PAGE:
I get it. Really, I do. You’re Ford, building what looks to be an electric Mazda CX-5, and you want people to buy it. You’re worried that because no one has ever built an electric CX-5 before, no one will buy one, either. You’re worried your electric crossover won’t stand out in the endless sea of other new electric crossovers, very few of which are actually interesting to look at unless they have Falcon Doors. But people buy Mustangs. They love Mustangs. So call it a “Mustang” and you can quit with the flop sweat over your massive investment. Except that’s incredibly craven, cynical, and condescending. I am not a fan.
This isn’t going to be a thing about how “Ford is watering down the Mustang’s good name.” Firstly, the name “Mustang” is merely corporate branding, and the sooner you divorce yourself from sentimental attachments to material things you will start living a more peaceful life. And after all, Ford has besmirched the Mustang’s own “good name” plenty of times already.
Don’t get me wrong, the current Ford Mustang is a wonderful car. Really, it is. It makes great noises and it’s fast and comfortable and surprisingly nimble, and the interior isn’t a bad place to be either. The inside is, dare I say it, possibly even nice. At the moment, it is a solid staff favorite.
But it wasn’t always that way. The Mustang II, as literally everyone knows, was trash. The Fox-body Mustang is known more for cheap speed than its quality or its looks. Do you even remember the last time someone saw that lumpy from the 1990s and actually pined for it? You do not. Any statements to the contrary or imaginings at best, and pure fabrications at worst.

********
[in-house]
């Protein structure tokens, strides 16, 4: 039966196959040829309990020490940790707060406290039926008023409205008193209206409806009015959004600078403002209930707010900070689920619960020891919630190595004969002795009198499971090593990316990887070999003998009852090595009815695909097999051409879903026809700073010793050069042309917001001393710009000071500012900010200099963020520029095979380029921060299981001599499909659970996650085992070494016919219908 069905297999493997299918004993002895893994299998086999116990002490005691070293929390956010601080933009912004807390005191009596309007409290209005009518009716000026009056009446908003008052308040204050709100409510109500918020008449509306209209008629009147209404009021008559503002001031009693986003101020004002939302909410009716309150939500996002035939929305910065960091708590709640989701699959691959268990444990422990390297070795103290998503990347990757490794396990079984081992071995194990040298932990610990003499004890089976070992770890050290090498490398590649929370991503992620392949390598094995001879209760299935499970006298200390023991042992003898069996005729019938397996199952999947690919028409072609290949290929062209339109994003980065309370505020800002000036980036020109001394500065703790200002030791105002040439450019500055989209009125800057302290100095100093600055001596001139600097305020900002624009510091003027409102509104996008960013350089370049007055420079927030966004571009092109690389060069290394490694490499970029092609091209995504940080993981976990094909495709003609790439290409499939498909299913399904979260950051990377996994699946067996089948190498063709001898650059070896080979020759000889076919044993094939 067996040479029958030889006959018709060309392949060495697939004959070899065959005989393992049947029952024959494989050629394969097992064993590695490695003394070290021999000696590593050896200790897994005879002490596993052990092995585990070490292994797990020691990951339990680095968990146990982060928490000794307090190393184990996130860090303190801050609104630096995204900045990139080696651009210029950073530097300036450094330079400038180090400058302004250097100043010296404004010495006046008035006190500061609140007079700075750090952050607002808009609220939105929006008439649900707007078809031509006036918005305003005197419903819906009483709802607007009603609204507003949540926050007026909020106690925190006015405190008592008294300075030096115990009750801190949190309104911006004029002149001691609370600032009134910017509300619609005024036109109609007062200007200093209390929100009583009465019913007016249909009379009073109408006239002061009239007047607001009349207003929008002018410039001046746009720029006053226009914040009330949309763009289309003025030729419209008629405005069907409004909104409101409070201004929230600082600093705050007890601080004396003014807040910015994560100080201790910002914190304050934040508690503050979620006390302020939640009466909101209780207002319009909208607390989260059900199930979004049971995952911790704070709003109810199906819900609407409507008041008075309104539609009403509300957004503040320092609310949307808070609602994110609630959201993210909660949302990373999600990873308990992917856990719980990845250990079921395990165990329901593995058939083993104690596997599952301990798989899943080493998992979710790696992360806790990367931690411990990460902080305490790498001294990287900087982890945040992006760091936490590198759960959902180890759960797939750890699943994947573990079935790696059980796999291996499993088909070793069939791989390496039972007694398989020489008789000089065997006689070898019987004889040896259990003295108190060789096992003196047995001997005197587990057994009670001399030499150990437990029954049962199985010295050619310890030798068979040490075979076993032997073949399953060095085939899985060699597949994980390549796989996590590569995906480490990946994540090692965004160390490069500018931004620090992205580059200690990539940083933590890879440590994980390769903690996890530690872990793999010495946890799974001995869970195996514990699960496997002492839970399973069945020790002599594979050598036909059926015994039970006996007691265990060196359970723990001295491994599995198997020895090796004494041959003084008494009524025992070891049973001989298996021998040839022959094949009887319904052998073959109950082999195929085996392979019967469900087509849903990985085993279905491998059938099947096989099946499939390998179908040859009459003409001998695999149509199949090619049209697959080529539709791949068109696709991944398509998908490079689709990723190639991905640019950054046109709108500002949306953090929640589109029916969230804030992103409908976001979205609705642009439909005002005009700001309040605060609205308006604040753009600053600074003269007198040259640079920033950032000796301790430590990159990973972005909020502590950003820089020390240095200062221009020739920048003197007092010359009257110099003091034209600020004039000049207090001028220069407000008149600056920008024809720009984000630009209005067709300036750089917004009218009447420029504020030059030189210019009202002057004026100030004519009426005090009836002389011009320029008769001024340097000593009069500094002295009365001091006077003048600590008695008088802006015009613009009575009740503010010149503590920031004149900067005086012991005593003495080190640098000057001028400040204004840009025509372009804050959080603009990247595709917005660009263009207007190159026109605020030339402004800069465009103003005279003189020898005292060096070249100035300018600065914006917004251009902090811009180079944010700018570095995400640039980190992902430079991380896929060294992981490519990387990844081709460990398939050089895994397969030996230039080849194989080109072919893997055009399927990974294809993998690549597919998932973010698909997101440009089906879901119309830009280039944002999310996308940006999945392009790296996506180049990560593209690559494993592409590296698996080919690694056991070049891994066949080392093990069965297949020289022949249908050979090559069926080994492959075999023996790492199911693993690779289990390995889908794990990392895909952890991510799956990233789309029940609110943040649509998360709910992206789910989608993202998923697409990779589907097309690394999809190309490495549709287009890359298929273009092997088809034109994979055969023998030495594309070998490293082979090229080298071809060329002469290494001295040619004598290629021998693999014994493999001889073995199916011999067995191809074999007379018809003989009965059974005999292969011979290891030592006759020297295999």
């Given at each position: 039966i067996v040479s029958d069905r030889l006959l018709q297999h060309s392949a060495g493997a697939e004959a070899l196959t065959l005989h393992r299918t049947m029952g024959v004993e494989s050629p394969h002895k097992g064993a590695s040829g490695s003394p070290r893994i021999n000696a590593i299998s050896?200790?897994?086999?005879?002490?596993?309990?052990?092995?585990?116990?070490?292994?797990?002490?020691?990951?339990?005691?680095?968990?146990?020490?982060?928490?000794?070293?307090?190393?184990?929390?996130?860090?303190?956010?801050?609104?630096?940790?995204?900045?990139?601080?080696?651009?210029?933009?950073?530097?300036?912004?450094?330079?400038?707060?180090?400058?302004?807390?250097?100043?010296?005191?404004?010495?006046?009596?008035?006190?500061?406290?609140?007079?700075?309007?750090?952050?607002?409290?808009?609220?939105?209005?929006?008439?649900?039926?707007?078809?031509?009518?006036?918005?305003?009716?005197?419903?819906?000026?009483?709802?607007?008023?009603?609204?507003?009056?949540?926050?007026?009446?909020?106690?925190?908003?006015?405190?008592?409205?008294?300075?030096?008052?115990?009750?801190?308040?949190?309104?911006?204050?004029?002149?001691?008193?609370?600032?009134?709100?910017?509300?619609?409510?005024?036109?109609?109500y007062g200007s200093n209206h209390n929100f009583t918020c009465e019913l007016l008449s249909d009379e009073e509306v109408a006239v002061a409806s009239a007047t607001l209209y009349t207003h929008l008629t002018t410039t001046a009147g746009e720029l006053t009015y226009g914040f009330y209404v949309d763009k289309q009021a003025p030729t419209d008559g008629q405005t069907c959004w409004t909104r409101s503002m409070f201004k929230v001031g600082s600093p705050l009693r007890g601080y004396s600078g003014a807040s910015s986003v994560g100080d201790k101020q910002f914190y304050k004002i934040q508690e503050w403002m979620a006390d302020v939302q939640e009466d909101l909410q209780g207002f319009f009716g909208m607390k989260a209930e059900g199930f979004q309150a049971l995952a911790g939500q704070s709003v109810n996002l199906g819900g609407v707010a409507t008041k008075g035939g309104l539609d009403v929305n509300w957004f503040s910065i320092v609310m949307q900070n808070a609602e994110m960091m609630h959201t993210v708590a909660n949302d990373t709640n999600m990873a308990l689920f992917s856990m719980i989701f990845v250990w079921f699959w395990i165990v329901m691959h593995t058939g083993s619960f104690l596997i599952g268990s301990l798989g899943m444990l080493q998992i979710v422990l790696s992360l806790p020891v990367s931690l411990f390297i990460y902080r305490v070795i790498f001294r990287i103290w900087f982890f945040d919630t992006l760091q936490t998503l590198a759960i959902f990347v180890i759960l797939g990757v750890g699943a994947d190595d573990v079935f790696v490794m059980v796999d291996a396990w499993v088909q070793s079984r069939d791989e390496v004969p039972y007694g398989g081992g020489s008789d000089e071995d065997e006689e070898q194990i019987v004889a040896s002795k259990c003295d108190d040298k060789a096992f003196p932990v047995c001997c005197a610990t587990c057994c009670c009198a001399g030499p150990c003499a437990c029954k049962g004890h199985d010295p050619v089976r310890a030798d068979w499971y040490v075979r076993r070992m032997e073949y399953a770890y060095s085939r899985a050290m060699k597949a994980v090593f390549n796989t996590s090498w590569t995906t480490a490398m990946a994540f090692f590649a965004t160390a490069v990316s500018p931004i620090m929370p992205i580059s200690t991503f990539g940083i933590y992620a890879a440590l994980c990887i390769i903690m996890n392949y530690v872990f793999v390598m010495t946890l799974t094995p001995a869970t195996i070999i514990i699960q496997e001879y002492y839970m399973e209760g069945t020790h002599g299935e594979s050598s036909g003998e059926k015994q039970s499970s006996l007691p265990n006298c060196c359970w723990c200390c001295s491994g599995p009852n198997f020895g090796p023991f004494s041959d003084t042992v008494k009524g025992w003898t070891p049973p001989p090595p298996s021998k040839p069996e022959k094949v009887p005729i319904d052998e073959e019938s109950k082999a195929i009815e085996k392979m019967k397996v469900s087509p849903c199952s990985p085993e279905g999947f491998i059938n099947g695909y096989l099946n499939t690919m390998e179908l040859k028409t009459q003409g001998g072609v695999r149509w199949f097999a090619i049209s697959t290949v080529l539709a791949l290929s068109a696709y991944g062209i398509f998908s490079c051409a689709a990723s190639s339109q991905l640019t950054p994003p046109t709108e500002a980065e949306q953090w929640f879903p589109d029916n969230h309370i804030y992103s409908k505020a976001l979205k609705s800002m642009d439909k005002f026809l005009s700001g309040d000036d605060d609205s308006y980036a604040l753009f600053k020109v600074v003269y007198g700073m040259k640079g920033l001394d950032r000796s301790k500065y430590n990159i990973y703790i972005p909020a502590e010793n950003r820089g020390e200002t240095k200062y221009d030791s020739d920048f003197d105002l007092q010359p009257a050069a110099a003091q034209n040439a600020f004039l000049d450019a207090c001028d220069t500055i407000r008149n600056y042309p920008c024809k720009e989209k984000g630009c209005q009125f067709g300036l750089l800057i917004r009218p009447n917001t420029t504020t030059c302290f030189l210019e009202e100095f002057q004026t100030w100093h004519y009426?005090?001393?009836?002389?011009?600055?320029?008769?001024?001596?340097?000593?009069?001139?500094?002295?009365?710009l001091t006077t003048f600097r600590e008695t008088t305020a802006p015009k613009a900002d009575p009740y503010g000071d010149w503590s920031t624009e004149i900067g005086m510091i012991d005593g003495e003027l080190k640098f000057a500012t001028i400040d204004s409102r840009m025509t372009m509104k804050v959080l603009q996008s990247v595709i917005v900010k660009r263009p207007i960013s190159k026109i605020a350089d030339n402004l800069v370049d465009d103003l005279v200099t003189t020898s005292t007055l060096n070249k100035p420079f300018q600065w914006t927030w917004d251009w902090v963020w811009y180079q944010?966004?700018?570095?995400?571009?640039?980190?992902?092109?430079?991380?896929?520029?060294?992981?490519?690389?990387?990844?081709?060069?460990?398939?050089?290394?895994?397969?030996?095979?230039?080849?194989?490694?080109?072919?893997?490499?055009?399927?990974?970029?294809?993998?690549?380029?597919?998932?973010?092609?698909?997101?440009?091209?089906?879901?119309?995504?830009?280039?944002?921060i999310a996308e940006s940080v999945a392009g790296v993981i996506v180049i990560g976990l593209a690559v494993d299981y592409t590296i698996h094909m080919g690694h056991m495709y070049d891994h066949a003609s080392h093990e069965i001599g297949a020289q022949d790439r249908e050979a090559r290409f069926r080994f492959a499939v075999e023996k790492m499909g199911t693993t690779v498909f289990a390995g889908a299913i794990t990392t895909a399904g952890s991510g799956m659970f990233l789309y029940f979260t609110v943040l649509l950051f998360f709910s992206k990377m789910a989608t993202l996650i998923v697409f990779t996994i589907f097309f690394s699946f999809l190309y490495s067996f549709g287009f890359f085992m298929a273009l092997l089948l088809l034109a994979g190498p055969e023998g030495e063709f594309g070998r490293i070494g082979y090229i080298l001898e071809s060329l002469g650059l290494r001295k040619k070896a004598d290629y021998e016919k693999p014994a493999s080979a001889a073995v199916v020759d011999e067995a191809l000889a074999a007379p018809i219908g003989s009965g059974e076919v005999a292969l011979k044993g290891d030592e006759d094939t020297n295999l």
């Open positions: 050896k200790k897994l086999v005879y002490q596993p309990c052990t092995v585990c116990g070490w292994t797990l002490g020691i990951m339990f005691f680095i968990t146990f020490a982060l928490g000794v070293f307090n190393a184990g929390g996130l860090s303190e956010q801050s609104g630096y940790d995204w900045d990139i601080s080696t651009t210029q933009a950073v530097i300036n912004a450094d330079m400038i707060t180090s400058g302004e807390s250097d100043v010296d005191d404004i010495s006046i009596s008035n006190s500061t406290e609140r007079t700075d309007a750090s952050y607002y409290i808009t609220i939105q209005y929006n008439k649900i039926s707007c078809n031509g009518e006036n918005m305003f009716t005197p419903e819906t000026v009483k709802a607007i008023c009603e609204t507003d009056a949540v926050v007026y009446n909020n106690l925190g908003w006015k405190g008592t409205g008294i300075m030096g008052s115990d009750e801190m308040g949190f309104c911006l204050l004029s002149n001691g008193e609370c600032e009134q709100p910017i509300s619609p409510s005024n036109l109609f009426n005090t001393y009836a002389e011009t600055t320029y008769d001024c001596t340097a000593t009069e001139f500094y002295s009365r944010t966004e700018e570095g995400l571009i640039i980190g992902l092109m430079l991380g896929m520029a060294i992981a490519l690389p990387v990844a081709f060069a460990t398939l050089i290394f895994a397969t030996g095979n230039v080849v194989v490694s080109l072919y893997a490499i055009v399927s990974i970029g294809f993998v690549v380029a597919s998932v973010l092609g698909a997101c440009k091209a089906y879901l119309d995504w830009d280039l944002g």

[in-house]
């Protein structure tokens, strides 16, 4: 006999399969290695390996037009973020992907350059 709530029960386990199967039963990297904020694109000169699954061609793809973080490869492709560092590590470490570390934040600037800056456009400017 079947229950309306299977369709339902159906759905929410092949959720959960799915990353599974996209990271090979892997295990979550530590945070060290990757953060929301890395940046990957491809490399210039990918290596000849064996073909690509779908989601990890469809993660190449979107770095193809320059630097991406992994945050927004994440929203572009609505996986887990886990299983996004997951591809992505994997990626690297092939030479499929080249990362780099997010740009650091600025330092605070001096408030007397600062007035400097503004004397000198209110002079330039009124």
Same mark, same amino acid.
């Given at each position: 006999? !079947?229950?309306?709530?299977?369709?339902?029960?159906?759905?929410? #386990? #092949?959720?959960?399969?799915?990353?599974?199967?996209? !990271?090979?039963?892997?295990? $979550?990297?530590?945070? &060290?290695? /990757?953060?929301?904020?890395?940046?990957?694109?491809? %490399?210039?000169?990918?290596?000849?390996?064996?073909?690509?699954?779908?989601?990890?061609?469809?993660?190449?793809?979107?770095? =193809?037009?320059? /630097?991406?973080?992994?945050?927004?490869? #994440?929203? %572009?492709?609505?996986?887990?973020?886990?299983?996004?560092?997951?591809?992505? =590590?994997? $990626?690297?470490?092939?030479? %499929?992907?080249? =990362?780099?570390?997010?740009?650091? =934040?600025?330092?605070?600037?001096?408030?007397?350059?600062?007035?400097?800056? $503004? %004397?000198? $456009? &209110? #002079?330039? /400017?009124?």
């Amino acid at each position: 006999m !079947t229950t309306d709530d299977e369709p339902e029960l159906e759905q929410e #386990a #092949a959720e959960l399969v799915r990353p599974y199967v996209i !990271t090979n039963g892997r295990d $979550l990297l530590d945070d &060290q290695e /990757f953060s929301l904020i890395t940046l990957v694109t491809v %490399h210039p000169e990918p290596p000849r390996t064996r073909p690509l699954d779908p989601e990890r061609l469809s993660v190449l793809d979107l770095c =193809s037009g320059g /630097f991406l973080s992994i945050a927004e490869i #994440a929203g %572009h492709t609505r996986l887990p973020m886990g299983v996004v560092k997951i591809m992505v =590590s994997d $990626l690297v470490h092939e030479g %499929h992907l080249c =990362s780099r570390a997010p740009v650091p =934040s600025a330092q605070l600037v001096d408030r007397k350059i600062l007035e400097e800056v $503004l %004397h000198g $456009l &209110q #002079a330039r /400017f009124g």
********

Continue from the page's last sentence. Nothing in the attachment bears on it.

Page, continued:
Sure, there were oddballs and hidden gems. The SVO was interesting. The Cobras R were great. But I’m not bothered by any notion of the “watering down” of the Good Mustang Name. That’s because this isn’t about “what Ford is doing to the Mustang,” but what it rather says about what Ford thinks about us, the consumers.
It is no coincidence that most of the new EVs coming out are crossovers. Crossovers are what people are buying! It’s why the “future” is decidedly unsexy faux-SUVs like the BMW iX3 and Audi E-Tron. None of this stuff moves the needle emotionally. No child will ever have posters of those cars on their walls. But they will have Mustang posters, and at the very least, everyone knows the Mustang. This is why all the clueless non-automotive press headlines will say shit like “The Mustang is an electric SUV now” and get away with it.
By naming a four-door, electric family SUV a “Mustang,” and telling us that it’s “Mustang-inspired” with no explanation beyond that infinitely meaningless phrase, Ford is assuming that we’d just accept that.
That we wouldn’t be able to look at it and go, “oh, it looks like an electric Mazda CX-5.” In short, Ford is embracing a certain cultural zeitgeist at the moment. “Just remember, what you are seeing and what you are reading is not what’s happening,” Ford may as well be saying. And to assume that people will gobble that sort of marketing claptrap up, that consumers will believe your electric crossover is a “Mustang” because hey look it’s got “Mustang” right in the name, says volumes more about what Ford thinks about you than what it thinks about its own car.
This isn’t a judgment on the car itself, either. Maybe it’s good. Maybe it’s fine. Maybe it’s even enjoyable, in its own right. But in the era when people feel like they can just tell you something that’s readily apparent to be a lie before your own eyes, it would be good to have something honest. Something that is what it is, and doesn’t try to pretend to be something else in a ridiculously ill-fitting costume.
Just imagine all 5'5" and 165 pounds of me walking around in a Los Angeles Lakers jersey, insisting people call me “Magic Johnson,” for that is who I am. People would find it off-putting. They’d hide their children.
I’m not saying I can come up with a better name for a car (all the good ones, such as “Civic,” and “Stanza,” are already taken). But I think we all can see, with our own eyes, that this one ain’t it.